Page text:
Posts Tagged ‘Coyne’


Strong Line in Police Court

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The Fort Dodge Messenger: June 14, 1904

Strong Line in Police Court

Mayor Northrup Has a Busy Session This Morning – Hines Heaves a Brick.

Fellow Boarders in a Fight

Otis Felky Refuses to Help Officer Make Arest (sic) and is Himself Arrested.

Mayor Northup had a good sized line-up to go through when he convened court this morning. Eight defendants were arraigned and a total of $78.65 assessed in fines. Of this amount, however, by no means all of it was collected.

John Hines was arrested for heaving a brick at Harry Wilson, a young man who makes his home at the Tremont House. Hines lives at that same place and it was there that the trouble started that ended in his arrest. The complainant testified that defendant had started a war of words when he entered the hotel and finally dared Wilson to follow him into the street. The young man refused to take the dare but he forgot to dodge a brick which Hines hurled at him. The missile bounded off his head and drew first blood.

Officer Pete Ditmer was called to the rescue and Hines was conveyed to the “jug.” The prisoner claimed that the young man was bothering him and other testimony showed that the defendant was not all to blame. He was fined $1 and costs, but afterwards discharged on his promise to keep out of trouble.

Otis Felky was fined $5 and costs and sent back to jail because he refused to assist an officer in arresting Ed Gannon and Pete Coyne Monday night. Gannon, Coyle and Felky were in the John Koll saloon. They started a fight and were ejected from the place. Gannon and Coyne were “mixing it” when a policeman came along and attempted to arrest them. He called on Felky to help him, but Felky merely advised him to journey to a warmer climate. A bystander assisted the officer and after the arrest was made Felky was hunted up and given a berth with his companions. Gannon and Coyne were each fined $10 and costs.

John Strand imbibed a quantity of Milwaukee buttermilk Monday night and went to his home in West Fort Dodge where he was later arrested for disturbing the quiet. He explained that when he arrived home his wife accused him of stealing a bottle of medicine and he became indignant at the accusation and found it impossible to keep his indignation to himself.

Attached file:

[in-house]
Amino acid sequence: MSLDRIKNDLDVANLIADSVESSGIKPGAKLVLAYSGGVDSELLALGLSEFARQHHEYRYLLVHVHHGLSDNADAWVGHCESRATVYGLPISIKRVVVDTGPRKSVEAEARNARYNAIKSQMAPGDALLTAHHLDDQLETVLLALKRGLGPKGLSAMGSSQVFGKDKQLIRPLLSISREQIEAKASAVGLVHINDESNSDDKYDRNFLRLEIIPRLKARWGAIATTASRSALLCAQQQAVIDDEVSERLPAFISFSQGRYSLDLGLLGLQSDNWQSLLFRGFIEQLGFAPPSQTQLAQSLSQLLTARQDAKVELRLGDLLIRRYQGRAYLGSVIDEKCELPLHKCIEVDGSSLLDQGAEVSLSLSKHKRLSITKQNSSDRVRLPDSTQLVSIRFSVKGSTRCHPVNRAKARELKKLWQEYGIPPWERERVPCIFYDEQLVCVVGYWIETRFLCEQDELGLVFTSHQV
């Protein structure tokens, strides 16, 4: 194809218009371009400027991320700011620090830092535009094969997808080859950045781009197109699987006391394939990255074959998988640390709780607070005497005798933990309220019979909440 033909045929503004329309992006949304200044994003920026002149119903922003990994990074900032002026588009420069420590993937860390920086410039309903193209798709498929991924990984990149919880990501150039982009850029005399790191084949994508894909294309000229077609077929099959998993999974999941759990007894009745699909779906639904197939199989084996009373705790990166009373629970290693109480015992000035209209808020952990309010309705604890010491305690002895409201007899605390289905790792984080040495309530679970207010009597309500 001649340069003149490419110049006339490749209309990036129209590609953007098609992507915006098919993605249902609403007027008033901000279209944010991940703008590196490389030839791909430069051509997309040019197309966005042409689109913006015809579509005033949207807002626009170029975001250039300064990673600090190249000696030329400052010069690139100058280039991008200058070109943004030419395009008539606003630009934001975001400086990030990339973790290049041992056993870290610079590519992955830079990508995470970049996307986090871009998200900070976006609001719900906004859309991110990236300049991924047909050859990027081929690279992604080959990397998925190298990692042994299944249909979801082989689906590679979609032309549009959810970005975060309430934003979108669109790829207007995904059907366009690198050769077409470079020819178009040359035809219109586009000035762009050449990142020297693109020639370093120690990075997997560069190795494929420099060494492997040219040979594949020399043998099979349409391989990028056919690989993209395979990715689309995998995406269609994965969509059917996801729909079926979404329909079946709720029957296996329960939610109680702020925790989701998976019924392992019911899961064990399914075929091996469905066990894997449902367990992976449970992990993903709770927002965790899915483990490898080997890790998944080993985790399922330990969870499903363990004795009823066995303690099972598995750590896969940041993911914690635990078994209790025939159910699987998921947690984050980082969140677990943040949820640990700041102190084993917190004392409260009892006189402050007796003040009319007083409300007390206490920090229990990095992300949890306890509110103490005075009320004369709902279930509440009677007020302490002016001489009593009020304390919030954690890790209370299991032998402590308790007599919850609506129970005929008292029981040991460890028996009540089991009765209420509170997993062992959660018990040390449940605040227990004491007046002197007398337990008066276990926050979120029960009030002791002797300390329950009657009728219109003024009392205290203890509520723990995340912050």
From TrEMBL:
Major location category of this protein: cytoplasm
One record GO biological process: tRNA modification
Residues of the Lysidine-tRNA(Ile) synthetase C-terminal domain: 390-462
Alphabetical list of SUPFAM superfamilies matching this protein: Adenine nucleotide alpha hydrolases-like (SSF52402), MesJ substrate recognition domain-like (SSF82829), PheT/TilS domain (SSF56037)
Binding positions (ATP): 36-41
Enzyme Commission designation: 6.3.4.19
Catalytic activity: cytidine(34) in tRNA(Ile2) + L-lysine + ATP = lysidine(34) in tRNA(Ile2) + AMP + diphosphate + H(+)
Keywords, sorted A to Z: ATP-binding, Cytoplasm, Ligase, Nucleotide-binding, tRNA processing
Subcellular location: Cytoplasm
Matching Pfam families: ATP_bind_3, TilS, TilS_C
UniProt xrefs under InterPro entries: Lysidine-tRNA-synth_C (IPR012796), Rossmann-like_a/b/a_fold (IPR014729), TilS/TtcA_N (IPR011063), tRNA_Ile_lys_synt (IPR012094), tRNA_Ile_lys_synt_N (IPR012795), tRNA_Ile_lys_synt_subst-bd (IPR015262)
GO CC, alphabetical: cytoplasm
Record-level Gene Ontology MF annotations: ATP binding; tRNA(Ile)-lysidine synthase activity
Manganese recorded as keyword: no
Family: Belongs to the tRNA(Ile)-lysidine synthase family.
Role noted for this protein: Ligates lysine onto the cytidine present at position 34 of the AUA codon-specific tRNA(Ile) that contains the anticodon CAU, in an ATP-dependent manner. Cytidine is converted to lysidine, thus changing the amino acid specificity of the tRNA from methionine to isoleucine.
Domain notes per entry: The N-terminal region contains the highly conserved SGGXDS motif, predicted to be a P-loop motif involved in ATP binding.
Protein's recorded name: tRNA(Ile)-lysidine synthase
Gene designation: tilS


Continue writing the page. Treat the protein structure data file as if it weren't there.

John Pool, a cripple, was arrested for being drunk. Pool said his home is in Rapid City, S.D., and that he was only passing through Fort Dodge when arrested. He was fined $1 and costs. Michael Carroll, another cripple, giving Omaha as his residence, blew in from Waterloo and took an overdose of Fort Dodge liquid barb wire. He was given the minimum.

J.A. Hay was arrested Monday for dumping rubbish on North Sixteenth street. He was fined $1 and costs.

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Old Man is Painfully Hurt

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The Fort Dodge Messenger: April 15, 1904

Old Man is Painfully Hurt

Hugh Coyne Falls From Wagon, Wheels Pass Over.

Sustains Powerful Bruises, but it is Thought That He Escaped More Serious Injury.

Hugh Coyne, sixty years of age, met with a serious and painful accident Thursday afternoon by falling from his wagon just after crossing the Third street viaduct. The wagon, which was loaded with dirt, was in motion at the time and he sustained the heavy weight as the wheels passed over his body. The accident was witnessed by several passersby, who went to the old man’s aid and carried him into the residence of Henry Koll, who lives at the south end of the viaduct. Two physicians were summoned and made an examination of his injuries. It was found that he was severely bruised and at the time it was feared he had sustained internal injuries. He was later removed to his home and today was reported to be doing as well as could be expected. The possibility of his having sustained internal injuries is today regarded as unlikely and if such is the case his condition cannot be regarded as serious.

Coyne was engaged by the city to haul dirt taken from the grade, which is being made on the hill leading from the north end of the viaduct. The accident occurred at the south end of the bridge and was caused by the breaking of the board which he was using as a seat. Hitched to the wagon was a team of mules and when the driver fell from his seat the animals continued up the hill. His body fell in such a manner that the wheels passed directly over his back.

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